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The title was difficult to formulate (I am open to suggestions). Two things bug me about this:

  1. "is almost any" is imprecise, which goes against Volume 1's statement on definiteness.
  2. When he writes, "in other words", this means Prof. Knuth explained it to me in two ways and I still do not understand it.

What is going on here in Plain English?


If $x$ is almost any nonzero 2-adic integer, we can write its bits in the form $$x = (\alpha01^a10^b)_2 $$

in other words, $x$ consists of some arbitrary (but infinite) binary string of $\alpha$, followed by a $0$, which is followed by $a+1$ ones, and followed by $b$ zeros, for some $a \geq 0$ and $b \geq 0$. (The exceptions occur when $x = -2^b$; then $a = \infty $)

Consequently

$$ \bar{x} = (\bar\alpha10^a01^b)_2 $$

$$ x-1 = (\alpha01^a01^b)_2 $$

$$ -x = (\bar\alpha10^a10^b)_2 $$

and we can see that $\bar{x} +1 = -x = \overline{x-1}$, ...

With two operations we can therefore compute relatives of $x$ in several useful ways:

  • $x \mathbin{\&} (x-1) = (\alpha01^a00^b)_2$
  • $x\mathbin{\&} -x = (0^\infty00^a10^b)_2$
  • $x \mathbin{|} -x = (1^\infty11^a10^b)_2$
  • $x \oplus -x = (1^\infty11^a00^b)_2$
  • $x \mathbin{|} (x-1) = (\alpha 01^a11^b)_2$
  • $x \oplus (x-1) = (0^\infty00^a11^b)_2$
  • $\bar{x} \mathbin{\&} (x-1) = (0^\infty00^a01^b)_2$
  • ...
  • $((x|(x-1))+1) \mathbin{\&} x = (\alpha 00^a00^b)_2$
  1. Knuth, Donald. The Art of Computer Programming. Volume 4, Fascicle 1. p. 8.
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    $\begingroup$ I think this is really a question about pure mathematics that belongs on Mathematics. Although it's come from Knuth, there doesn't seem to be any direct computational content and I don't think most computer scientists know anything about $p$-adic integers. $\endgroup$ – David Richerby Nov 5 '18 at 10:54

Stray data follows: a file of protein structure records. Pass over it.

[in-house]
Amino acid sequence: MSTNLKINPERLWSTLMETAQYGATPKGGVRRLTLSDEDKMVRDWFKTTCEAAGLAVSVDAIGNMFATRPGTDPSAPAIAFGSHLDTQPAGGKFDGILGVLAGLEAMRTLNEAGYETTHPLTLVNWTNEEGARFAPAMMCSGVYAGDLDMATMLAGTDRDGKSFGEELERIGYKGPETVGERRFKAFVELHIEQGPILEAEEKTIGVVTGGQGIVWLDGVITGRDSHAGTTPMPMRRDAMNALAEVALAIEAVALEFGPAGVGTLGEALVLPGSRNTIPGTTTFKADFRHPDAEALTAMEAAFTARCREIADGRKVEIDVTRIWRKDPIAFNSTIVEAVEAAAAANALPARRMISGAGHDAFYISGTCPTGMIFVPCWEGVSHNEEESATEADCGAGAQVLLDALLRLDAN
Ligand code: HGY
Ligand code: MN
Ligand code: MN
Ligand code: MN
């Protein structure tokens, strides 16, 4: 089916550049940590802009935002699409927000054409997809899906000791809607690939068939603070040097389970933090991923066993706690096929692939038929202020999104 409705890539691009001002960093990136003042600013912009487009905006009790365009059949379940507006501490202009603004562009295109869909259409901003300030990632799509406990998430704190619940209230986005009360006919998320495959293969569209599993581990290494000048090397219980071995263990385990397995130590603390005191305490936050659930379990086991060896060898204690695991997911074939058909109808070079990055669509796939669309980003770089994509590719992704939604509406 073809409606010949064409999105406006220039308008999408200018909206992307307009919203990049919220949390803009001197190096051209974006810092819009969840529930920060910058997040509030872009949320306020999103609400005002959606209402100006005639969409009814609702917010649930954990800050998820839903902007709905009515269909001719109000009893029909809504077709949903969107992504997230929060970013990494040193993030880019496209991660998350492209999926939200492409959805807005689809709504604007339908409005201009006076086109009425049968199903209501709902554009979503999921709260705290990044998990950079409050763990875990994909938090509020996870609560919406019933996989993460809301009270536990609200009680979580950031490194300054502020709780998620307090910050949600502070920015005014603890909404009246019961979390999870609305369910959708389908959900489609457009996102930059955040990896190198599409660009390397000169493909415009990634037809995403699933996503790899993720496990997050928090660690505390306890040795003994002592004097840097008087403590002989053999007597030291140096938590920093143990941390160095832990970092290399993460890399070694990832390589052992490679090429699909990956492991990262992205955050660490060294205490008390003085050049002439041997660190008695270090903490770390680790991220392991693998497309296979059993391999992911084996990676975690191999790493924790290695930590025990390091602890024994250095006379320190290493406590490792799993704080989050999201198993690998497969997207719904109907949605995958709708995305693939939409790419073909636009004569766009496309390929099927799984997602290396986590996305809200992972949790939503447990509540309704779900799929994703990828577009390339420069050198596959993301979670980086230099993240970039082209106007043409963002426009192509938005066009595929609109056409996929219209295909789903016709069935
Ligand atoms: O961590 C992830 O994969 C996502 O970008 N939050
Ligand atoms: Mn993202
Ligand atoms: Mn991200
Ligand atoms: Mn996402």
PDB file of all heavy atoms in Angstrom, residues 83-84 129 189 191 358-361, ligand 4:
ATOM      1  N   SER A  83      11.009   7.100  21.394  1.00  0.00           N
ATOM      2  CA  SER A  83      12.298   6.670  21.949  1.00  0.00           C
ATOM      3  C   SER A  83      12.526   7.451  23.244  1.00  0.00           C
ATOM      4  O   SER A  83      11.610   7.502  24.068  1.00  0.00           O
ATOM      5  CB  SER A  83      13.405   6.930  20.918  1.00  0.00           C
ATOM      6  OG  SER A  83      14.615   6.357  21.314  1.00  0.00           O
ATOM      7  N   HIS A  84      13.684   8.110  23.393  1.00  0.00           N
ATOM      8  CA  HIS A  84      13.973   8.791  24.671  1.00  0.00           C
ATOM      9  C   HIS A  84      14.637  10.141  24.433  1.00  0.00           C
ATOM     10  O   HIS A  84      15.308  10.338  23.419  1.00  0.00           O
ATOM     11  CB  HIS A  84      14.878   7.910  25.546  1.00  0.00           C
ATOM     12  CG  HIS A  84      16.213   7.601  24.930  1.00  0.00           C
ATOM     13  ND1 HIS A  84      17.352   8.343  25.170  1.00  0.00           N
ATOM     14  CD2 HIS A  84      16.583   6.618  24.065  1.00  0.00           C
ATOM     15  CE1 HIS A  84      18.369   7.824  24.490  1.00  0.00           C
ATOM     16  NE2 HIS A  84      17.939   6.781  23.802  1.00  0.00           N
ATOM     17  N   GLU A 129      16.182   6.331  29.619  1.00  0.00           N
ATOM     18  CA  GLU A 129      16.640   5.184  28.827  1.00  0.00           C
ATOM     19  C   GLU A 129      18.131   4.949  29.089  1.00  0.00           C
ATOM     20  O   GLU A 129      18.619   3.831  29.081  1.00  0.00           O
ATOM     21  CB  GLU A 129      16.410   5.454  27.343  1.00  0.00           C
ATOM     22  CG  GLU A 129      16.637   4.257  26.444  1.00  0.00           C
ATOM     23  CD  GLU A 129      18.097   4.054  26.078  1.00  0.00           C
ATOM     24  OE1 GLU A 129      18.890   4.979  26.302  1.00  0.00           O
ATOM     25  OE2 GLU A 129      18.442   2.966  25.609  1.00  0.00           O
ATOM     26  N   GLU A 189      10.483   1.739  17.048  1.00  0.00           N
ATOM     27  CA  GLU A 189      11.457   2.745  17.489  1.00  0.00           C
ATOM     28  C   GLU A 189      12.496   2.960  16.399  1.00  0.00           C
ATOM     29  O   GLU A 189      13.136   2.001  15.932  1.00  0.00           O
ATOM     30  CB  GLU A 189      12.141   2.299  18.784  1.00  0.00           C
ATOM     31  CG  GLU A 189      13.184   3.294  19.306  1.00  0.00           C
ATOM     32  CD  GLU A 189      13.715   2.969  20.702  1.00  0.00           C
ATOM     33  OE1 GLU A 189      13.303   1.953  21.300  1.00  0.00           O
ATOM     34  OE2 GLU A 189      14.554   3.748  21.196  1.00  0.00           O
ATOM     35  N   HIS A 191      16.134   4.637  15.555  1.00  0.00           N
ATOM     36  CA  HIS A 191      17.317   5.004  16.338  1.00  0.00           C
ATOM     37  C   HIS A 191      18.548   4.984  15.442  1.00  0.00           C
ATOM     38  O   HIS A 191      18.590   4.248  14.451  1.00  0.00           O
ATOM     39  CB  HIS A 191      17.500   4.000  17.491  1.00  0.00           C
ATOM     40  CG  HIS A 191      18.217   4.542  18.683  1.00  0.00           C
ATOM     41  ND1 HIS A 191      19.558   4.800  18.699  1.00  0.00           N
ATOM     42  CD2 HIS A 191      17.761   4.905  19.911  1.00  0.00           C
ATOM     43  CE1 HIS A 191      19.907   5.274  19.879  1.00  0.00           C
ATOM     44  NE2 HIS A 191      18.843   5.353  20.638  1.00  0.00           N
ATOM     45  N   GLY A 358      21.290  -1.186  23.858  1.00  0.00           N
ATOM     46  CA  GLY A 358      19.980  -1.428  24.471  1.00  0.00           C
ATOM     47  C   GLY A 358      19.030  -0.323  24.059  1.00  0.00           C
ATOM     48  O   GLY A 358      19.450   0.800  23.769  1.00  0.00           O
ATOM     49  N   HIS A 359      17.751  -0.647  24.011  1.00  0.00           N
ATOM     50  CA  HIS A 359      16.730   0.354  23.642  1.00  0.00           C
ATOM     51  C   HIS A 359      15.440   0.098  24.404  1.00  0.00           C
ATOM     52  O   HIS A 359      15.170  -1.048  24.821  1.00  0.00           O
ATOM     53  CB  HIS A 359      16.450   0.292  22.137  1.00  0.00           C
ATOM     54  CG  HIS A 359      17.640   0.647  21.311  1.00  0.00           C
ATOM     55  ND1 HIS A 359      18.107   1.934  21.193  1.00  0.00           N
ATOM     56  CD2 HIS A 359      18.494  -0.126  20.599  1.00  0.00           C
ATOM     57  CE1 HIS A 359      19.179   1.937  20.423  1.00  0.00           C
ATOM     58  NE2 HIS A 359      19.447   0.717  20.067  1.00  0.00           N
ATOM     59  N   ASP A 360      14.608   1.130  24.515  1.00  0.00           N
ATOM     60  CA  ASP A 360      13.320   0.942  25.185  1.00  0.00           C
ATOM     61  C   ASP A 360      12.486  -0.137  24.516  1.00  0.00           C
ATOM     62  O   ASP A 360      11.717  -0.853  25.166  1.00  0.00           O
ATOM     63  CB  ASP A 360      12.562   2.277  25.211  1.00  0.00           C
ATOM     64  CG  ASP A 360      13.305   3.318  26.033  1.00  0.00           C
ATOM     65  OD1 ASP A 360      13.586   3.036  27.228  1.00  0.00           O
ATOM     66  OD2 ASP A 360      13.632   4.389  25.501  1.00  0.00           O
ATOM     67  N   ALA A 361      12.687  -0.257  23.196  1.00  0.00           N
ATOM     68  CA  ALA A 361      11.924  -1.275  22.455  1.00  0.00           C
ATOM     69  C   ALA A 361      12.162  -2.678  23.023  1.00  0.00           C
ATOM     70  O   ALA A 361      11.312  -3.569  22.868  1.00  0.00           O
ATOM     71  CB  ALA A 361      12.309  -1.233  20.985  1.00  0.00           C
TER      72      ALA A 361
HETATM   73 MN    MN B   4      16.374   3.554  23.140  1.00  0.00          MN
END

• $\begingroup$ @DavidRicherby, here the relation to p-adic numbers is only tangential. The question is basically about two's complement. $\endgroup$ – Karolis Juodelė Nov 5 '18 at 11:04
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Addressing first the explicitly asked questions:

Two things bug me about this: 1. "is almost any" is imprecise,

The meaning of “almost any” here is given in the next sentence, in the same paragraph: the paragraph goes as “If $x$ is almost any nonzero 2-adic integer, [...]. (The exceptions occur when $x = -2^b$; [...].)” So “almost any” here means “any, except for the specific exceptions stated”.

which goes against Volume 1's statement on definiteness.

Aside: Although definiteness is always good and I'm sure the author agrees, note that the statement in Volume 1 is specifically in the context of the definition of an algorithm, not about writing in general. :-) Computers need everything to be spelled out for them; humans can be more robust.

  1. When he writes, "in other words", this means Prof. Knuth explained it to me in two ways and I still do not understand it.

Yes: in the sentence “[...] we can write its bits in the form $x = (\alpha01^a10^b)_2$; in other words, $x$ consists of some [...]”, the form of $x$ is described in two ways: (1) in notation, and (2) in words.